Beyond the Clock: An Interdisciplinary Symposium on Time (15-16 March 2019)
Beyond the Clock: An Interdisciplinary Symposium on Time
Nanyang Technological University, Singapore
15-16 March 2019
Jimena Canales (University of Illinois, Urbana-Champaign)
Stephen Kern (The Ohio State University)
The “Beyond the Clock” Symposium brings together scholars from the humanities and social sciences for two days of presentations and discussions on what might be called the third generation of temporality studies.
Before the 1990s, most scholars of temporality followed Weber, Durkheim, and Simmel in focusing on abstract, rationalized time as a unifying central force of modern social life and its cultural productions. In the 1960s, E.P. Thompson famously placed this force on historical footing by contrasting pre-modern task-oriented society with post-industrial timed-labor society. A generation later, Benedict Anderson envisioned an “empty, homogenous time” as the foundation of the modern nation state. These thinkers established the importance of rationalized time to modern labor practices, to the postcolonial social imagination, and to art and literature, among other scholarly concerns.
In the new millennium, historians, anthropologists, sociologists, philosophers, and literary scholars have pioneered more pluralistic approaches to time, challenging the assumption that a single model of time prevails in any given society or nation. In the last decade, scholars in particular have shifted their attention from rationalized and synchronous clock time to the mobile, compressed, and/or dilated time of the knowledge economy or the anthropocene. This new approach is evident across a staggering range of disciplines: critical theorists Harmut Rosa and Sarah Sharma’s consideration of the problem of “social acceleration,” sociologist Benjamin Snyder’s exploration of “flexible time” in the post-Taylorist workplace, engineer and historian of science Jimena Canales’ deconstruction of physics’ reliance on metaphorical clocks, and historian Stephen Kern’s re-examination of the “culture of time and space” in the electronic age. This symposium aims to bring these parallel social, cultural, and philosophical engagements into a collective conversation on time in its irrational, disparate, and fascinating forms.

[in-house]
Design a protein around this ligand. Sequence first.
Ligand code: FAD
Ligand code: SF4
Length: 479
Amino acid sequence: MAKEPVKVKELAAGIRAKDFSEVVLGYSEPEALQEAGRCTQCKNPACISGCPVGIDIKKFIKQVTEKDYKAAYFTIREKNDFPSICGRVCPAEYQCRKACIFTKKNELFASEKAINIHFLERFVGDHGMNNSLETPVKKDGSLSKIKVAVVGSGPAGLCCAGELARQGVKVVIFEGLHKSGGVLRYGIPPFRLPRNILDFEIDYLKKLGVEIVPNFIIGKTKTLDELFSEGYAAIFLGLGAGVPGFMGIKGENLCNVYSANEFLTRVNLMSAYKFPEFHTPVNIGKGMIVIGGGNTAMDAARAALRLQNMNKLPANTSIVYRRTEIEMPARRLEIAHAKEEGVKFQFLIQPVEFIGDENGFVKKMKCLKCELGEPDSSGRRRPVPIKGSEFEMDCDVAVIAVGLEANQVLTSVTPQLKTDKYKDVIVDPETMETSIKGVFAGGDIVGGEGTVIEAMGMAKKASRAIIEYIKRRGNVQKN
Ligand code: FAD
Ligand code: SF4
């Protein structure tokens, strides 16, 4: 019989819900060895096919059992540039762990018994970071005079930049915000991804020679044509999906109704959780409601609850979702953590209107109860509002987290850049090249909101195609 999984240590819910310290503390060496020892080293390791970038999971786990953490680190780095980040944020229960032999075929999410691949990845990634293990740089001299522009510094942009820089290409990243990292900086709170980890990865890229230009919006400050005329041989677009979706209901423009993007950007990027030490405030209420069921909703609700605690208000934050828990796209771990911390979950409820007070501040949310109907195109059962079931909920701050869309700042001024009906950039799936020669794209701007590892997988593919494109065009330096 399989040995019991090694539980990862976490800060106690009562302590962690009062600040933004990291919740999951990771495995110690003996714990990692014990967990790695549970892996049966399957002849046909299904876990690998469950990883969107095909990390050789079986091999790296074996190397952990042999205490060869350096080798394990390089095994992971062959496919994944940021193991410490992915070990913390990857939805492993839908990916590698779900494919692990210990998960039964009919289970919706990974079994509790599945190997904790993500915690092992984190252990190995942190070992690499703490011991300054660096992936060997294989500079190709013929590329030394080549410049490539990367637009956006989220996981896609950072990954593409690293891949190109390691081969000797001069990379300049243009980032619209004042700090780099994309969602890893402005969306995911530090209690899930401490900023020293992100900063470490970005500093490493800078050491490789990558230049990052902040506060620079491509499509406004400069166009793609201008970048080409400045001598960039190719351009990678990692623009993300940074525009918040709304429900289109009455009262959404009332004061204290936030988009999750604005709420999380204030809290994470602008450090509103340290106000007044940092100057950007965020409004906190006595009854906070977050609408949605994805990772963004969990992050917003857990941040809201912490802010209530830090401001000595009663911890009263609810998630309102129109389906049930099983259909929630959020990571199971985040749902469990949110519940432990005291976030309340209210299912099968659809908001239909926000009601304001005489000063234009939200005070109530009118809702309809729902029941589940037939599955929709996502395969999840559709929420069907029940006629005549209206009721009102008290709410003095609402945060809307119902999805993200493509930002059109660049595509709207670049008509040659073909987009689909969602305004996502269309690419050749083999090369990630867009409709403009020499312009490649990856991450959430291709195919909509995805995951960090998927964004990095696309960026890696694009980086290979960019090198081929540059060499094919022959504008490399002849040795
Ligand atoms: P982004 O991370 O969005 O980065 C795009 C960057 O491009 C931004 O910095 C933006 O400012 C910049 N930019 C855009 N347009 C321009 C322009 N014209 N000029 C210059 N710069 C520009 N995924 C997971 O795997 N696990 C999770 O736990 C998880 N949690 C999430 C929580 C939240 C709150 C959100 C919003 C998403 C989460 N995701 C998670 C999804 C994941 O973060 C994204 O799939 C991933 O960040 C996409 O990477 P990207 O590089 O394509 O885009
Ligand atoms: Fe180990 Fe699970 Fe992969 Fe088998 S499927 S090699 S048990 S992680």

Possible Topics May Include:
Time and (post)colonialism
Acceleration and its critics
Time, space, and the built and/or natural environment
Time, economics, and capital
Time, medium, and narrative
Time, immigration, and borders
Time and affect
Time, crisis, and risk
Time, science, and objectivity
Time and the senses
Embodied and experienced time
Please send a short bio and 250-word abstracts for individual papers (15-20 minutes) to Justin Clark (firstname.lastname@example.org) and Kevin Riordan (email@example.com). Proposals will be considered on an ongoing basis from now until 14 September 2018.